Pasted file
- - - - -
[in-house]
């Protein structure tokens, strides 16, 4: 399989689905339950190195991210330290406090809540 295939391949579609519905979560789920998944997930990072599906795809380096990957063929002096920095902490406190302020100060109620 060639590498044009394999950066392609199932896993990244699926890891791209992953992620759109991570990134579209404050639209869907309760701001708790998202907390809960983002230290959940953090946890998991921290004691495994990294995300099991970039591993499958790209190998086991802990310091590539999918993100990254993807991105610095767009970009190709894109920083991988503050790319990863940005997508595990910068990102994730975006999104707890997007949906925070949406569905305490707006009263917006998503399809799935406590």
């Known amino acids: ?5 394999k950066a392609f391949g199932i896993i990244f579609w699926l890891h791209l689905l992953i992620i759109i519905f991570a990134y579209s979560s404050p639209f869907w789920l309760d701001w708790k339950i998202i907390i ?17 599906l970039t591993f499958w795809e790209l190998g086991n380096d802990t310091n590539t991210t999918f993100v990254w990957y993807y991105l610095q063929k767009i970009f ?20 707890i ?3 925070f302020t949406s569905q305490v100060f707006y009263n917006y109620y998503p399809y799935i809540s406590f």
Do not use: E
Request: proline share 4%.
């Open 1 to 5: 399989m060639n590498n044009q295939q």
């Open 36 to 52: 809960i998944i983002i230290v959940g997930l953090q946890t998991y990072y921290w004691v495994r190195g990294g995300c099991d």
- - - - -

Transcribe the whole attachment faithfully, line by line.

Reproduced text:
[in-house]
């Protein structure tokens, strides 16, 4: 399989689905339950190195991210330290406090809540 295939391949579609519905979560789920998944997930990072599906795809380096990957063929002096920095902490406190302020100060109620 060639590498044009394999950066392609199932896993990244699926890891791209992953992620759109991570990134579209404050639209869907309760701001708790998202907390809960983002230290959940953090946890998991921290004691495994990294995300099991970039591993499958790209190998086991802990310091590539999918993100990254993807991105610095767009970009190709894109920083991988503050790319990863940005997508595990910068990102994730975006999104707890997007949906925070949406569905305490707006009263917006998503399809799935406590």
């Known amino acids: ?5 394999k950066a392609f391949g199932i896993i990244f579609w699926l890891h791209l689905l992953i992620i759109i519905f991570a990134y579209s979560s404050p639209f869907w789920l309760d701001w708790k339950i998202i907390i ?17 599906l970039t591993f499958w795809e790209l190998g086991n380096d802990t310091n590539t991210t999918f993100v990254w990957y993807y991105l610095q063929k767009i970009f ?20 707890i ?3 925070f302020t949406s569905q305490v100060f707006y009263n917006y109620y998503p399809y799935i809540s406590f």
Do not use: E
Request: proline share 4%.
């Open 1 to 5: 399989m060639n590498n044009q295939q």
């Open 36 to 52: 809960i998944i983002i230290v959940g997930l953090q946890t998991y990072y921290w004691v495994r190195g990294g995300c099991d």